Home » Newpages Blog » Shanti Arts Publishing

New Book :: In the Museum of My Daughter’s Mind

In the Museum of My Daughter's Mind by Marjorie Maddox and Anna Lee Hafer book cover image

In the Museum of My Daughter’s Mind by Marjorie Maddox and Anna Lee Hafer
Shanti Arts, May 2023

In the Museum of My Daughter’s Mind is a collaboration of poetry by Marjorie Maddox and art by her daughter Anna Lee Hafer, inspirited by a rainy-day excursion when Maddox and Hafer visit the American Visionary Art Museum in Baltimore, Maryland. As never before, they realized how their passions for art and poetry intersect. With this exhibit and Hafer’s own surreal paintings as inspiring backdrop, they exchanged their responses to joy and trauma more deeply—artist to artist, mother to daughter. These connections between poet and visual artist constitute the core of this ekphrastic collection. In addition, Maddox includes nine poems based on work she saw that day by Antar Mikosz, Greg Mort, Margaret Munz-Losch, Ingo Swann, and Christian Twamley, as well as several later collaborations with Karen Elias.

To discover more great books from small, independent, and university presses, visit the NewPages Guide to Publishers as well as the New Books category on our blog. Subscribe to our weekly newsletter to stay up to date!

New Book :: Gauntlet in the Gulf

Gauntlet in the Gulf edited by Claude Clayton Smith book cover image

Gauntlet in the Gulf: The 1925 Marine Log and Mexican Prison Journal of William F. Lorenz, MD edited by Claude Clayton Smith
Shanti Arts Publishing, March 2023

Lorenz Hall at the Mendota Mental Health Institute in Madison, Wisconsin, is named for William F. Lorenz, the man who first observed, in 1916, that chemistry could treat the mentally ill. Professor of neuropsychiatry at the University of Wisconsin, Dr. Lorenz developed the fledgling Psychiatry Department while engaged in his ground-breaking research. In 1925, seeking a much-needed respite, he signed on with the Ruth, a fishing smack out of Pensacola, Florida, for a working vacation in the Gulf of Mexico. The Ruth struck a reef, the ship was abandoned, and the crew was rescued from perilous seas by a Mexican Navy vessel, only to be imprisoned as spies, smugglers, gun-runners, and for fishing in illegal waters. Dr. Lorenz’s diary details their ordeal.

To discover more great books from small, independent, and university presses, visit the NewPages Guide to Publishers as well as the New Books category on our blog. Subscribe to our weekly newsletter to stay up to date!

Book Review :: Loss/Less by Rebecca A Durham

Loss/Less poetry by Rebecca A. Durham published by Shanti Arts book cover image

Guest Post by Jami Macarty

The beautifully sounded, ecologically aware, and botanically influenced poems of Loss/Less, Rebecca A. Durham’s second collection, is, to my read, not so much interpretive of loss related to climate crisis, but intends to be reconciliatory: “This is how I enter the forest & this is how it enters me too.” Combining the geological and botanical with the plaintiff and ecstatic, the collection conjures Rumi and Thoreau. One way to read the book is as one long poem, an epistle to Thoreau, challenging his words “nothing could defile this pond.” The poet wonders if the transcendentalist knew that was a “lie.” Is Durham a new transcendentalist in her asking “what kind of extinction is this”; in her call for “a moratorium on cement or at least errant elements”; her command “uncut / all those holy trees”; her recognition that “we are illicitly complicit in disaster”? Like Thoreau, perhaps even if Durham knows it is already “too late,” her poems insist:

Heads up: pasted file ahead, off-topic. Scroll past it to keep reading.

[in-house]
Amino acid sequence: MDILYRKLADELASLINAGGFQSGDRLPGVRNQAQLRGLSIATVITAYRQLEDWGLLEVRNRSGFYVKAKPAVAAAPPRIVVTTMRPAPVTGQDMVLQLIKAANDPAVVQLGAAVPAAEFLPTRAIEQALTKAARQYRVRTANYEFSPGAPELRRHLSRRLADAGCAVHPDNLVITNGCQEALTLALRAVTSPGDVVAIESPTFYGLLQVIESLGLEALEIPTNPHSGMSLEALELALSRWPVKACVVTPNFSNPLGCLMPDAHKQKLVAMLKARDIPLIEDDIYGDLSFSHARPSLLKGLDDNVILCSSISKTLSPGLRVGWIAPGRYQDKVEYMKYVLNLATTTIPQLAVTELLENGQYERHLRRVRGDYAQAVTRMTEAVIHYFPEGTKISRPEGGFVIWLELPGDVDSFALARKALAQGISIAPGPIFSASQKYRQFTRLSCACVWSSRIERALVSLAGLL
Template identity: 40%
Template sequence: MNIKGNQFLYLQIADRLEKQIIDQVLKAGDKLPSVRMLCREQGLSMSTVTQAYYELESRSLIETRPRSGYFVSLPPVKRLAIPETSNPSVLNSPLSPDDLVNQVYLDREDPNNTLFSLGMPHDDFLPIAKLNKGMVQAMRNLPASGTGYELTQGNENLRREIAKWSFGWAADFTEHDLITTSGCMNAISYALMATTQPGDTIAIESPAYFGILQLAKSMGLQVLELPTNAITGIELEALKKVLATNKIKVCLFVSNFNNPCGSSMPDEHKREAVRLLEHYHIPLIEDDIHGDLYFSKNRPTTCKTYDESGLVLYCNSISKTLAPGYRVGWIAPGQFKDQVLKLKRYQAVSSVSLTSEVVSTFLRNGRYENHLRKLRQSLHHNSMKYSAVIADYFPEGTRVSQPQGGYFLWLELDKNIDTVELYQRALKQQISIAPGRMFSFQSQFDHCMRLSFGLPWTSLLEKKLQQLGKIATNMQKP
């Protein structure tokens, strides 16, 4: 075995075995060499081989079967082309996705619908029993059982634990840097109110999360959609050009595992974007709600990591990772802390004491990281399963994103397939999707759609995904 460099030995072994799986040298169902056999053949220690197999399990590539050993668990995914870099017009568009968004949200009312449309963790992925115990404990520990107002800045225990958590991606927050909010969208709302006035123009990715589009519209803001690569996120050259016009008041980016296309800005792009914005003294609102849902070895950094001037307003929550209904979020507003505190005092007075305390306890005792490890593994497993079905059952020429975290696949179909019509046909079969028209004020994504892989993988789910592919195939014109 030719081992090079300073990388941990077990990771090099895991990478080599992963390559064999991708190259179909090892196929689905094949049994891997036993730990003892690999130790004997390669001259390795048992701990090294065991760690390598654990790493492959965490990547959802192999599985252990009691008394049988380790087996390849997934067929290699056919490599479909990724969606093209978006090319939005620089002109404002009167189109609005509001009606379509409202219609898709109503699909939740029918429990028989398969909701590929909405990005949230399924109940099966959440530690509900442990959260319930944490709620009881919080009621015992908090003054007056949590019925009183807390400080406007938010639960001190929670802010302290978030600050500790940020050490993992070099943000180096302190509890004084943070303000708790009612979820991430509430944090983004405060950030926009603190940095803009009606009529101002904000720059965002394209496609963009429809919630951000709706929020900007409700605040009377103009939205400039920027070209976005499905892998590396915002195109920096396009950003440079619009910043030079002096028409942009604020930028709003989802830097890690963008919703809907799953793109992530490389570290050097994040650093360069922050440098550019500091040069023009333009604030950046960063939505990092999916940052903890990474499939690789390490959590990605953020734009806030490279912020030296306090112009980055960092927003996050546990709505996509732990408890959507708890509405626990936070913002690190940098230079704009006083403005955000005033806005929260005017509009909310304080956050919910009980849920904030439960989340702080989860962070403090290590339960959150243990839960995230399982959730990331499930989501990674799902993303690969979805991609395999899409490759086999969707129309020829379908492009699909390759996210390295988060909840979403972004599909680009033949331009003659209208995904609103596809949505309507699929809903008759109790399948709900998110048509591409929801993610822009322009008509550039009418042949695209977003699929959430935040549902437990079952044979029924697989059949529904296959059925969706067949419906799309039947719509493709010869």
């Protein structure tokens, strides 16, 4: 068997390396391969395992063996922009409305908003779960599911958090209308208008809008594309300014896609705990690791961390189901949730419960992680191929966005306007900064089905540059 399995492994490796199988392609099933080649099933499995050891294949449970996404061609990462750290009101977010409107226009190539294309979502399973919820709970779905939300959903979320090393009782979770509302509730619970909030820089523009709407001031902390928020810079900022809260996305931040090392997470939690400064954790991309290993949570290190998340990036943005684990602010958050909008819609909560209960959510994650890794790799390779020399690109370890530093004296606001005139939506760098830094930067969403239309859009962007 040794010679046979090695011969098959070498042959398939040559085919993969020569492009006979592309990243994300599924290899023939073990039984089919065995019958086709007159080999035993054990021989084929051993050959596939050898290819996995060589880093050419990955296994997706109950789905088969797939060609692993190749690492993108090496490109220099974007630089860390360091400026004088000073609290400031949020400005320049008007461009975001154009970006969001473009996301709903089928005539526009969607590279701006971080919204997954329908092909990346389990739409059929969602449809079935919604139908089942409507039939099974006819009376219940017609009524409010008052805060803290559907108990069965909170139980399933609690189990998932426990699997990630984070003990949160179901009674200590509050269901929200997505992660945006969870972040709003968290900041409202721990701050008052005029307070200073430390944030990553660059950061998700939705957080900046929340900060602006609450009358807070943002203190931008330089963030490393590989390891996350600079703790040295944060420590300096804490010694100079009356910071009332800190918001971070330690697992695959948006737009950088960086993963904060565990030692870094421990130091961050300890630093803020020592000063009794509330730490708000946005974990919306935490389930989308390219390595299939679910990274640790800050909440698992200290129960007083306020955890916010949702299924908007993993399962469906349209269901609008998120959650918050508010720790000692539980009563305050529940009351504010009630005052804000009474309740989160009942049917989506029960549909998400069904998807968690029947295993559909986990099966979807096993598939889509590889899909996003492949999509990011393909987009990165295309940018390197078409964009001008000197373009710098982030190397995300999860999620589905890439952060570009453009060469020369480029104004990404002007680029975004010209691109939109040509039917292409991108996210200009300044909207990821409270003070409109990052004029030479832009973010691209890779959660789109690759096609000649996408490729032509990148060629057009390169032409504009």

this is how we kneel
at the hemlock

pulled back
from the brink

pulled back from the helm
of helplessness, hatred

(from “Arboreal Burial,” 77)

Call to action, educational primer, love song, the poet calls on the many gestures of poetry, creating if not an abundance, less loss. What remains? Loess, a windblown sediment, or as the poet writes: “I gather bitter fruits / map my fissures.” What else is there as “we are primed for decay’s reticent elegance.” A special and compelling book!

Loss/Less by Rebecca A Durham. Shanti Arts Publishing, January 2022.

Reviewer bio: Jami Macarty is the author of The Minuses (Center for Literary Publishing, 2020), winner of the 2020 New Mexico/Arizona Book Award – Poetry Arizona, and three chapbooks, including Mind of Spring (Vallum, 2017), winner of the 2017 Vallum Chapbook Award. Jami’s writing has been honored by financial support from Arizona Commission on the Arts, British Columbia Arts Council, and by editors at magazines such as The Capilano Review, Concision Poetry Journal, Interim, Redivider, Vallum, and Volt, where Jami’s poems are forthcoming.If you are interested in contributing a Guest Post to “What I’m Reading,” please click this link: NewPages.com Reviewer Guidelines.